kyle lohse getty

Kyle Lohse to sign with the Brewers


UPDATE: Nightengale says it’s three years, $33 million.

UPDATE: No official word on the contract yet but Tom Haurdricourt is hearing three years, $30 million. Which isn’t terrible for a guy like Lohse, methinks. Although giving up the draft pick to a division rival makes this a lot harder to take.

12:30 PM: I guess that “will pitch for food” Kyle Lohse has been carrying around Phoenix for the past couple of weeks has finally paid off: Jon Heyman reports that Lohse is going to sign with the Brewers.

It’s a good match, even if Milwaukee has to give up its first round pick — the 17th overall pick — this June. The Brewers rotation is shaky on paper and has been even more shaky than that during spring training.

Lohse is coming off a 16-3, 2.86 ERA in 33 starts with St. Louis. Many worried about how that would translate in the American League or in a tougher division. Now he doesn’t have to worry about either of those.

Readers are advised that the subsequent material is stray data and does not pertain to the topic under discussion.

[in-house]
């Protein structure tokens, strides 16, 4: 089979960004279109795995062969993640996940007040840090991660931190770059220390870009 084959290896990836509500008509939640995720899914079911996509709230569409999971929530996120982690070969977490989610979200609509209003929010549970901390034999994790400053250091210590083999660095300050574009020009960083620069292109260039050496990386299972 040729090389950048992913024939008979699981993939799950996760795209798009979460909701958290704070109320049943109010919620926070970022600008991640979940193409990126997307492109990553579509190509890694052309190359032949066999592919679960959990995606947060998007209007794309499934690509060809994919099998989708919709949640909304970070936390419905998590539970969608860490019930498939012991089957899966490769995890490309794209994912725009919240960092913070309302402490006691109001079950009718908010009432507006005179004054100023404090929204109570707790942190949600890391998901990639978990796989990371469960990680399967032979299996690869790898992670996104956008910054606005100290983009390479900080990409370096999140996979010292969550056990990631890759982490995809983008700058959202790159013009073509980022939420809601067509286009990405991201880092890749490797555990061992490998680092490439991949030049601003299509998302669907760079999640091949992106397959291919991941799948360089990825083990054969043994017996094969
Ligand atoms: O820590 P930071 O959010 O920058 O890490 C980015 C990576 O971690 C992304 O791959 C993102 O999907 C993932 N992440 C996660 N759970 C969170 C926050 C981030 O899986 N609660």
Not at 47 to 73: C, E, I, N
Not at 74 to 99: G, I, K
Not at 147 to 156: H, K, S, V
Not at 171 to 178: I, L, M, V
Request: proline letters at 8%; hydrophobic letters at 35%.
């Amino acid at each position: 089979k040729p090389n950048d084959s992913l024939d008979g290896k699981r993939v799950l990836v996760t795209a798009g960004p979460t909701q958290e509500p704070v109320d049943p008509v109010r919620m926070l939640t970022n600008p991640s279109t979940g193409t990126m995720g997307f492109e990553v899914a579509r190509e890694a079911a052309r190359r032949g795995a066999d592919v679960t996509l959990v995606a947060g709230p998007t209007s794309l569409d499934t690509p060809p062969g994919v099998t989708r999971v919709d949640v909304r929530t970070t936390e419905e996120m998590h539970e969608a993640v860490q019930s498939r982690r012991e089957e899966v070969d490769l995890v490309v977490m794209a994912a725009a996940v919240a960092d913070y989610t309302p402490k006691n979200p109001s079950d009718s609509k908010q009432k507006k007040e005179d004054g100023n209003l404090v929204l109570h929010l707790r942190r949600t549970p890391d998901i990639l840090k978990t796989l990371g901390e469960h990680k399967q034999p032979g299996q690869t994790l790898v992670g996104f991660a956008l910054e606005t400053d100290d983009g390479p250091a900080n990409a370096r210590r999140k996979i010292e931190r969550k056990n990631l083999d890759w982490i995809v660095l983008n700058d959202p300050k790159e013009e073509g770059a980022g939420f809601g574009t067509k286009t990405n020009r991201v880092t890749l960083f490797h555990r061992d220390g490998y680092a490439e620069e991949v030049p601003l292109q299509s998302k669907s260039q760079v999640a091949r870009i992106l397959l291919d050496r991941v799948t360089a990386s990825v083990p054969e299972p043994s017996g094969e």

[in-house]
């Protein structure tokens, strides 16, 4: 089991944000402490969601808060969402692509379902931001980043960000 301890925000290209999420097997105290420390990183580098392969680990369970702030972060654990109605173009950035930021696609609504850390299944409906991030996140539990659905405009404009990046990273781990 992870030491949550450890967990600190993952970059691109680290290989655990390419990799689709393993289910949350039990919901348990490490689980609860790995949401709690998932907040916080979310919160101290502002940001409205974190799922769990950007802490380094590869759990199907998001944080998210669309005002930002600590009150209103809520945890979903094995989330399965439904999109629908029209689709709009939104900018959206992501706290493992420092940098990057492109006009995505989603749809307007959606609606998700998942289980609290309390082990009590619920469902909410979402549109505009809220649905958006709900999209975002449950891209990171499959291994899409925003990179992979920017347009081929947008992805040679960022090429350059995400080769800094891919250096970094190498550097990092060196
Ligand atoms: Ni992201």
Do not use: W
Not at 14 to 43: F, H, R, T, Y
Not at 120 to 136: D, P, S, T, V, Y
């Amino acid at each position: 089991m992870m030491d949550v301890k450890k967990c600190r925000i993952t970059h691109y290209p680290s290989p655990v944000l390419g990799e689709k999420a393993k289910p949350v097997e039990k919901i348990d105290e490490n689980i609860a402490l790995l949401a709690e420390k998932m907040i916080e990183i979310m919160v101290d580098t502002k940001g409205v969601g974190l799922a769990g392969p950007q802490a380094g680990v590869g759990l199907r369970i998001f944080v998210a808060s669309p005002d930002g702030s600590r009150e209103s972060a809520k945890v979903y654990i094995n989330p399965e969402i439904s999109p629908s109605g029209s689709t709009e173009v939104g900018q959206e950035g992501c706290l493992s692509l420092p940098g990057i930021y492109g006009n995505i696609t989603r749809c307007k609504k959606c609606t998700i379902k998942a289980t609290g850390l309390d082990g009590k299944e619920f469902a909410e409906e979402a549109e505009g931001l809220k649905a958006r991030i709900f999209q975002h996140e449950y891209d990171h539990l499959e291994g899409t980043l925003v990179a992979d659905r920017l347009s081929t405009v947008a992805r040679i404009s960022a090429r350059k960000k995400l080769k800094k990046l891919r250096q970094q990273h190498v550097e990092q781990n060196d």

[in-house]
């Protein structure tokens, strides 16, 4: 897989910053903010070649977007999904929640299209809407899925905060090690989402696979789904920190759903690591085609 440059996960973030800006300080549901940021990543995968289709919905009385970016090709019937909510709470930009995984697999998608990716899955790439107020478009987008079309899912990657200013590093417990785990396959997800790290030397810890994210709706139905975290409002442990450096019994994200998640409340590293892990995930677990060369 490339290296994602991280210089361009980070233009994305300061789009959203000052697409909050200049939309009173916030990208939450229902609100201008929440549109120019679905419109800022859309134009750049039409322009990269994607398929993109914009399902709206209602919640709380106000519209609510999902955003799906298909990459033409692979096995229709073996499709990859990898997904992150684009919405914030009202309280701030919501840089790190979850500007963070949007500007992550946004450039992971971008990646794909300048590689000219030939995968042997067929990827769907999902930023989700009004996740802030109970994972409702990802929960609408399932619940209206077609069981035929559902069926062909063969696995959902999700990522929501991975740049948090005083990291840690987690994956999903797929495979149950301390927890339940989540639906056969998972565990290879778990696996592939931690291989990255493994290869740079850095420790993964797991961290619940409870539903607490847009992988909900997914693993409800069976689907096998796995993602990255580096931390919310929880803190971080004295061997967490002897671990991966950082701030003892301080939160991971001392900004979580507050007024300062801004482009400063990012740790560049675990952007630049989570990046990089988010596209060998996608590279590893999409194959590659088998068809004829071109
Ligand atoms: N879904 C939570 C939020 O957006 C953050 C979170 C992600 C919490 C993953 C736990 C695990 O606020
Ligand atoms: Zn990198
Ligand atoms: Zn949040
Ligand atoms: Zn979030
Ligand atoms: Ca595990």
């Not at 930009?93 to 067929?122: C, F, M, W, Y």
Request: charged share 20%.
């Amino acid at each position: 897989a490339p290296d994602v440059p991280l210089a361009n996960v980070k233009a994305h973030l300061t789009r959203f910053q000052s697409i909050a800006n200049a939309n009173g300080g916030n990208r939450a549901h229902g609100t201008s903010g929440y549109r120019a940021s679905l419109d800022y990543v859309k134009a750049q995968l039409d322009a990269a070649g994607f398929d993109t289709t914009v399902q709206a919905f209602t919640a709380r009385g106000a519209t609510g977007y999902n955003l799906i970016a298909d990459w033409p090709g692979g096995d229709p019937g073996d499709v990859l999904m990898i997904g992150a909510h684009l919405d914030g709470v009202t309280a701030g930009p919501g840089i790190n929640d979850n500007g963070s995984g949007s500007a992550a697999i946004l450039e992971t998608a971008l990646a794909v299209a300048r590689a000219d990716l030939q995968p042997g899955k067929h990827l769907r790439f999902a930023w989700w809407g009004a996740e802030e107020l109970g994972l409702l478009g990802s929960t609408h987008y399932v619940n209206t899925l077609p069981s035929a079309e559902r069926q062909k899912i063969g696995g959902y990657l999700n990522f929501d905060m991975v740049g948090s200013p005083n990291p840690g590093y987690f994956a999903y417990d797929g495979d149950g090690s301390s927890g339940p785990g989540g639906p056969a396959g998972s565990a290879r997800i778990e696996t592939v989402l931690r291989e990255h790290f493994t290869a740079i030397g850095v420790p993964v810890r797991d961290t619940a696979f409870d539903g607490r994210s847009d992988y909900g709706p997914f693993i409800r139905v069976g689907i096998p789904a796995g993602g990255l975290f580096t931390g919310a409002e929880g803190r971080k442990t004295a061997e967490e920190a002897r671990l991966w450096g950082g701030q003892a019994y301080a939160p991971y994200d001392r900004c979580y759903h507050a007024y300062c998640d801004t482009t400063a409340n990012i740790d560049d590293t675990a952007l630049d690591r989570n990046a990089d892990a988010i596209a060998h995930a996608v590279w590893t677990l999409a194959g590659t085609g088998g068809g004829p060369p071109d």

Jason Kipnis plans to play through a disgusting-looking ankle sprain

CLEVELAND, OH - OCTOBER 14:  Jason Kipnis #22 of the Cleveland Indians fields the ball against the Toronto Blue Jays during game one of the American League Championship Series at Progressive Field on October 14, 2016 in Cleveland, Ohio.  (Photo by Jason Miller/Getty Images)
Getty Images
Leave a comment

Jason Kipnis sprained his ankle while celebrating the Indians ALCS win over the Blue Jays. In the runup to tonight’s game, Terry Francona has said that Kipnis would be fine, that he’s a gamer, etc., etc. You know, the usual “when the bell rings, all of the aches and pains go away” kind of thing.

Today, however, we see that this sprained ankle is maybe not your run-of-the-mill late season bump or bruise:


Um, yikes.

Indians beat writer jumps in Lake Erie to settle a bet

Leave a comment

Back in September Cleveland Plain Dealer beat writer Paul Hoynes ruffled a lot of feathers when he declared the Indians DOA. His rationale: too many injuries to Indians starters weakened the club too greatly. Even if they did make the playoffs, Hoynes argued, they wouldn’t go far.

A reader made a bet with him at the time: if the Indians didn’t make the World Series, he’d jump in Lake Erie. If they did, Hoynes would.

Today Hoynes made good on his bet. You haven’t lived until you’ve seen a baseball writer drop trou, by the way: